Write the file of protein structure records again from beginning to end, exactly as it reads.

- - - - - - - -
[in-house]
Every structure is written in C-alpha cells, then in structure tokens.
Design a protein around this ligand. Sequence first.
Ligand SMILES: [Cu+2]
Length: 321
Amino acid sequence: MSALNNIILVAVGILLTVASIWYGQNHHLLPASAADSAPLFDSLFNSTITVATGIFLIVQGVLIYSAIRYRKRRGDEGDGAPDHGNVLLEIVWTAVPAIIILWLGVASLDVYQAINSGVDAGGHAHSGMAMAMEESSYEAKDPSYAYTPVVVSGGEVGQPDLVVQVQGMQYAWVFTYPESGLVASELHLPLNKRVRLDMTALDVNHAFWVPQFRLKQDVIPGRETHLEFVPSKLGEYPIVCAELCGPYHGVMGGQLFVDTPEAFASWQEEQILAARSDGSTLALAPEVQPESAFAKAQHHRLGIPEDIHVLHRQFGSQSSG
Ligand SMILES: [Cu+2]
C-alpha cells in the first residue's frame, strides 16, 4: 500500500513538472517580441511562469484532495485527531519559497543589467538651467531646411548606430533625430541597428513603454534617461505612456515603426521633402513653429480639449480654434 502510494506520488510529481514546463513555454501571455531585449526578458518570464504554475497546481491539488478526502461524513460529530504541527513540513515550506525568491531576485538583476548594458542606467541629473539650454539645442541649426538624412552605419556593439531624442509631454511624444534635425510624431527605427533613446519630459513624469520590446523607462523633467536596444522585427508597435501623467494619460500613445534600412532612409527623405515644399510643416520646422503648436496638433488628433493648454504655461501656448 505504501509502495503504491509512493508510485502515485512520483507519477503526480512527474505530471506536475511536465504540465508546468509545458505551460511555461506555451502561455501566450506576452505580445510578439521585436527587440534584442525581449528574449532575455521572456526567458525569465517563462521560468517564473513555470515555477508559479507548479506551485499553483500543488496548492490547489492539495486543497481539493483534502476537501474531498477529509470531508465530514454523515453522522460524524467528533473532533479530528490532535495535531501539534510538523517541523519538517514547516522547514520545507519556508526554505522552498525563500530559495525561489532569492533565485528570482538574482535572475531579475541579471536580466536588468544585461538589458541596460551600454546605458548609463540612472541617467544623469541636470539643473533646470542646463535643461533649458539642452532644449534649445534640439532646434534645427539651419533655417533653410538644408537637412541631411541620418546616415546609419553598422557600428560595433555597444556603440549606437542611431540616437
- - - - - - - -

[in-house]
Every structure is written in C-alpha cells, then in structure tokens.
Design a protein around this ligand. Sequence first.
Ligand SMILES: [Cu+2]
Length: 321
Amino acid sequence: MSALNNIILVAVGILLTVASIWYGQNHHLLPASAADSAPLFDSLFNSTITVATGIFLIVQGVLIYSAIRYRKRRGDEGDGAPDHGNVLLEIVWTAVPAIIILWLGVASLDVYQAINSGVDAGGHAHSGMAMAMEESSYEAKDPSYAYTPVVVSGGEVGQPDLVVQVQGMQYAWVFTYPESGLVASELHLPLNKRVRLDMTALDVNHAFWVPQFRLKQDVIPGRETHLEFVPSKLGEYPIVCAELCGPYHGVMGGQLFVDTPEAFASWQEEQILAARSDGSTLALAPEVQPESAFAKAQHHRLGIPEDIHVLHRQFGSQSSG
Ligand SMILES: [Cu+2]
C-alpha cells in the first residue's frame, strides 16, 4: 500500500513538472517580441511562469484532495485527531519559497543589467538651467531646411548606430533625430541597428513603454534617461505612456515603426521633402513653429480639449480654434 502510494506520488510529481514546463513555454501571455531585449526578458518570464504554475497546481491539488478526502461524513460529530504541527513540513515550506525568491531576485538583476548594458542606467541629473539650454539645442541649426538624412552605419556593439531624442509631454511624444534635425510624431527605427533613446519630459513624469520590446523607462523633467536596444522585427508597435501623467494619460500613445534600412532612409527623405515644399510643416520646422503648436496638433488628433493648454504655461501656448 505504501509502495503504491509512493508510485502515485512520483507519477503526480512527474505530471506536475511536465504540465508546468509545458505551460511555461506555451502561455501566450506576452505580445510578439521585436527587440534584442525581449528574449532575455521572456526567458525569465517563462521560468517564473513555470515555477508559479507548479506551485499553483500543488496548492490547489492539495486543497481539493483534502476537501474531498477529509470531508465530514454523515453522522460524524467528533473532533479530528490532535495535531501539534510538523517541523519538517514547516522547514520545507519556508526554505522552498525563500530559495525561489532569492533565485528570482538574482535572475531579475541579471536580466536588468544585461538589458541596460551600454546605458548609463540612472541617467544623469541636470539643473533646470542646463535643461533649458539642452532644449534649445534640439532646434534645427539651419533655417533653410538644408537637412541631411541620418546616415546609419553598422557600428560595433555597444556603440549606437542611431540616437